Freight rates slipped further last week with weakening demand continuing to pull down capacity utilisation on the Transpacific and Asia-North Europe routes. Rate pressure has shifted to the Asia-Europe trades with carriers still unwilling to remove any capacity on the route as the the temporary blank sailings in October have mostly resumed their regular sailings. The FE-USEC routes are also under pressure, forcing Zim to withdraw one string from the end of November. More capacity cuts are required to arrest the rate slide in a key test of carriers’ resolve before the new 2023 contract season starts.
Although idle capacity have risen sharply since September, it remains at just 1% of the fleet, with most of these ships due to return to service within the next few weeks.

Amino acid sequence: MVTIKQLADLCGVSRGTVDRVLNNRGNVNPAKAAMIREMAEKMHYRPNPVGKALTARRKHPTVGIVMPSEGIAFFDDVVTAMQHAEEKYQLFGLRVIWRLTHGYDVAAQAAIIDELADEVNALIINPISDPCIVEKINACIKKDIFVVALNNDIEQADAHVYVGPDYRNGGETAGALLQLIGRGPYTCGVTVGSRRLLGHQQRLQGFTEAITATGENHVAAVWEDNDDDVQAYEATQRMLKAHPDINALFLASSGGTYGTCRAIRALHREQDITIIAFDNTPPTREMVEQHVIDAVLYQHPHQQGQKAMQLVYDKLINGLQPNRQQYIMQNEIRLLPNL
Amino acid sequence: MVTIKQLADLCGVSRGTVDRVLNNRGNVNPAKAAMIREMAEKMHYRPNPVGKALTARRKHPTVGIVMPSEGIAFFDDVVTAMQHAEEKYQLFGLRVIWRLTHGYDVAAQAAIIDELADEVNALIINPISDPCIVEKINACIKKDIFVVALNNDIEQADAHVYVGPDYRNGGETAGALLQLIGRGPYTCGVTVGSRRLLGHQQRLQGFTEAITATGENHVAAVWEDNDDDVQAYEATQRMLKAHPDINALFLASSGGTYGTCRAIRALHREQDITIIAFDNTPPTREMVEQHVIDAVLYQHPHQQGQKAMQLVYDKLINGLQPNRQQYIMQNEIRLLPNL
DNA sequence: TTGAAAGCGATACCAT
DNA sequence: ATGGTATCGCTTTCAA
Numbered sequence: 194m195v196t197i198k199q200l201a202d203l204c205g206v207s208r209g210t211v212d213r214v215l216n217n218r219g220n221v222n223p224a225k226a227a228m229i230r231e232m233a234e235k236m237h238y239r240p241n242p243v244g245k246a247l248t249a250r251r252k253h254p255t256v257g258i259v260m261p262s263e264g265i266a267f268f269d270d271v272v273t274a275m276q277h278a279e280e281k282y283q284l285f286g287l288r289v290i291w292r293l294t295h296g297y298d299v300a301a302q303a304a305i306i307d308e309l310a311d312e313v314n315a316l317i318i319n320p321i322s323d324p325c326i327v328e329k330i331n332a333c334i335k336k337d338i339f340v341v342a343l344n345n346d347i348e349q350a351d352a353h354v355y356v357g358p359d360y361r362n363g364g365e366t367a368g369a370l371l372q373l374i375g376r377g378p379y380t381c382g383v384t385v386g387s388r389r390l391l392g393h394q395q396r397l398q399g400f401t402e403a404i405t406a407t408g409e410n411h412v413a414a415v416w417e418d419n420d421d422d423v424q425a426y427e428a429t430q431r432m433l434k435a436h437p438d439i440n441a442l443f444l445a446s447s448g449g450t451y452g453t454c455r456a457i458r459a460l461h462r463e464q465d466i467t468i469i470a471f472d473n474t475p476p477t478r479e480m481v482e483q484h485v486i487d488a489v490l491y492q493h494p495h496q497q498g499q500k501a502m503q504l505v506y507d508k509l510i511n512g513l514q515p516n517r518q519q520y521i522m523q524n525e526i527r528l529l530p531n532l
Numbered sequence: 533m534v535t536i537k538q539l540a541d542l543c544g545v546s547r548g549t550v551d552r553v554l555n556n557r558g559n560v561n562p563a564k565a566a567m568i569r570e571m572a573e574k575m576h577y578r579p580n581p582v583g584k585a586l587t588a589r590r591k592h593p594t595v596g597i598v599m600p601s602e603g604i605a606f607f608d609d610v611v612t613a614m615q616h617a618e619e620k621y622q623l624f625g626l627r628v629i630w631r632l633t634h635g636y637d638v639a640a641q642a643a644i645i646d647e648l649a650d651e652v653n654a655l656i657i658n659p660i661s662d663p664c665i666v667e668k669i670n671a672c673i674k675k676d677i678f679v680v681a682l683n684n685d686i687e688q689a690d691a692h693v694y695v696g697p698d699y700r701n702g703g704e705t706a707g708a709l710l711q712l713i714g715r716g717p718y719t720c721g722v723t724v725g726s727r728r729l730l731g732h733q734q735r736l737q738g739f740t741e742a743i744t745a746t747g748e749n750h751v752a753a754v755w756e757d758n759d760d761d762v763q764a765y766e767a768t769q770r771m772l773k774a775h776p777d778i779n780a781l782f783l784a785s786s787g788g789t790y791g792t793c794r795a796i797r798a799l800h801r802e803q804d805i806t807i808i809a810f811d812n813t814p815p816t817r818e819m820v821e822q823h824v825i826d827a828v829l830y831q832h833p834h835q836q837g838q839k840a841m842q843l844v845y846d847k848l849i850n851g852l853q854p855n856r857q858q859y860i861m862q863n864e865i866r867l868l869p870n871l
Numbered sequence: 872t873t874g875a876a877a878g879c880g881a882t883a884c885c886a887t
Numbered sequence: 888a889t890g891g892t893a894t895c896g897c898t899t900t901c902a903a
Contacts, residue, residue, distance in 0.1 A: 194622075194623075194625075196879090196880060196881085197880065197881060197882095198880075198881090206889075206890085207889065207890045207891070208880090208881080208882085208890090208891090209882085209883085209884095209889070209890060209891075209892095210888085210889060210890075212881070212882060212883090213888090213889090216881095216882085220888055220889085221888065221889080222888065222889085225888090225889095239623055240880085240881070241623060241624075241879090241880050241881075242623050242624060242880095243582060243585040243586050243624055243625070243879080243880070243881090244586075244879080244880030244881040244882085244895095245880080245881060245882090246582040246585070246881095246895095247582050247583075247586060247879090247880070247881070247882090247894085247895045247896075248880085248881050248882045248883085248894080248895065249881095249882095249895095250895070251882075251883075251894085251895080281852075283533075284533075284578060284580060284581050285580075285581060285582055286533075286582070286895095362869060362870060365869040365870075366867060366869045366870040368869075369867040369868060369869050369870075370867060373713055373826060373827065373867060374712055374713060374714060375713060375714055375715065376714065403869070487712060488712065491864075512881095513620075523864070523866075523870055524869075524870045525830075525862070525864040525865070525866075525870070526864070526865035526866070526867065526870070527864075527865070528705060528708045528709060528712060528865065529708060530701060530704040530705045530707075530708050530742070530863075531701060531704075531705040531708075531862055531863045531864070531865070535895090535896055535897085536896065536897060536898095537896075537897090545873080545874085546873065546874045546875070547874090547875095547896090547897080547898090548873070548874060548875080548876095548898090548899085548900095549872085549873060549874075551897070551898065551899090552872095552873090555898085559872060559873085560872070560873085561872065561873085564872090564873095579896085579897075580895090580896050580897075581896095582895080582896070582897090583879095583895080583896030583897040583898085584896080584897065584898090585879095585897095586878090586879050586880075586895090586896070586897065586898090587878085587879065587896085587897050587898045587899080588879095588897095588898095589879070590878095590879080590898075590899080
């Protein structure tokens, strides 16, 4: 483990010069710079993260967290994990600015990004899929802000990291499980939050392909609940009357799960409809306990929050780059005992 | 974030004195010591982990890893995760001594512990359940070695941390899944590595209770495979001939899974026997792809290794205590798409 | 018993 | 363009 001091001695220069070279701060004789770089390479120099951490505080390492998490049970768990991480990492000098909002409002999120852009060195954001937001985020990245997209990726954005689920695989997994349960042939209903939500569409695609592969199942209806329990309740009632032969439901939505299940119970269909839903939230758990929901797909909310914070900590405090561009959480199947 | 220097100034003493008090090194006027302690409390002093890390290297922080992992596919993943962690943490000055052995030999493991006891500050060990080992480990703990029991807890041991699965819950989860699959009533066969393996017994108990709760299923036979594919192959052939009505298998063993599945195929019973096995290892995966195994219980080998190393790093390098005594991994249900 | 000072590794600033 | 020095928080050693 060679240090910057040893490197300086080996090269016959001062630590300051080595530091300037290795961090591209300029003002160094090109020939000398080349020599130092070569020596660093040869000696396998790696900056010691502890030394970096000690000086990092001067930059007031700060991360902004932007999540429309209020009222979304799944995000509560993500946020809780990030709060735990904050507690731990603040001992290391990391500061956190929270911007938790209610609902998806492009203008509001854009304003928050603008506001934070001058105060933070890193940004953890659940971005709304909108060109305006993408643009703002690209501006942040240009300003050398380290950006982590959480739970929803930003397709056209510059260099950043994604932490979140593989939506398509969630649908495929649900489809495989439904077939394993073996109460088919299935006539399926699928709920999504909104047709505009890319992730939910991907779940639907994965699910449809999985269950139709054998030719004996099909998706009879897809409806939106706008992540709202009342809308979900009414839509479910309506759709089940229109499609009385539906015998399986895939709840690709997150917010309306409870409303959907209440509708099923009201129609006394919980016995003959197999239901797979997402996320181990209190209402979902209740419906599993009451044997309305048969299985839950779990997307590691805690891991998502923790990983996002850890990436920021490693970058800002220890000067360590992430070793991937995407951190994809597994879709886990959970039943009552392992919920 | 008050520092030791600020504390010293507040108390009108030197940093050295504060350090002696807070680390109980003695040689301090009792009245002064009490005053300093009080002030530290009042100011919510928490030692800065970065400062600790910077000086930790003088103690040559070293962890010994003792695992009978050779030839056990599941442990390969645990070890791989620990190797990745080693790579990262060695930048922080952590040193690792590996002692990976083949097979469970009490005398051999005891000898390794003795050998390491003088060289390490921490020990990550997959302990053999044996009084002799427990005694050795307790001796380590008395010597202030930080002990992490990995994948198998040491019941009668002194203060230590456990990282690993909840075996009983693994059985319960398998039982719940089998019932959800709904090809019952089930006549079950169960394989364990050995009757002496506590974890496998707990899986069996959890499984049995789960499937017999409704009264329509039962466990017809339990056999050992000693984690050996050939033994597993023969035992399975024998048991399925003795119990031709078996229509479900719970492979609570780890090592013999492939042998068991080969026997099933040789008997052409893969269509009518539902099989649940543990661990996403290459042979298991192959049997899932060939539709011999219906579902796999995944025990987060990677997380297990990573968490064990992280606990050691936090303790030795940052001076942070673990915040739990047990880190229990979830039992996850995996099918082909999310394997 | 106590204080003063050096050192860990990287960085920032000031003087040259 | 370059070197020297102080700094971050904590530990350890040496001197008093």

ZIM has slashed its 4Q 2022 EBIT earnings forecast to $440m to $740m, compared to $1,554m in 3Q 2022 due to falling freight rates and weaker liftings. Although ZIM has emphasized its commercial and operational agility, this will be tested over the next 2 years as it takes delivery of more than 50 newbuildings and committed vessel charters that will raise its operated capacity by some 70% (before charter redeliveries). Zim’s heavy reliance on chartered tonnage since its financial restructuring in July 2014 has put it at a disadvantage in the last 2 years as soaring charter rates have seen its charter expenses rise significantly, while it has been forced to commit to longer charter periods, with the average remaining duration on its chartered capacity at 27 months.. It has only 25 ships for less than 80,000 teu due for renewal in 2023, but has committed to take on some 30 ships for 250,000 teu over the same period. ZIM will need to find new employment shortly for 9 of its 4,000-6,000 teu ships due to the suspension of the ZSE SE Asia-US East Coast service starting from late November.
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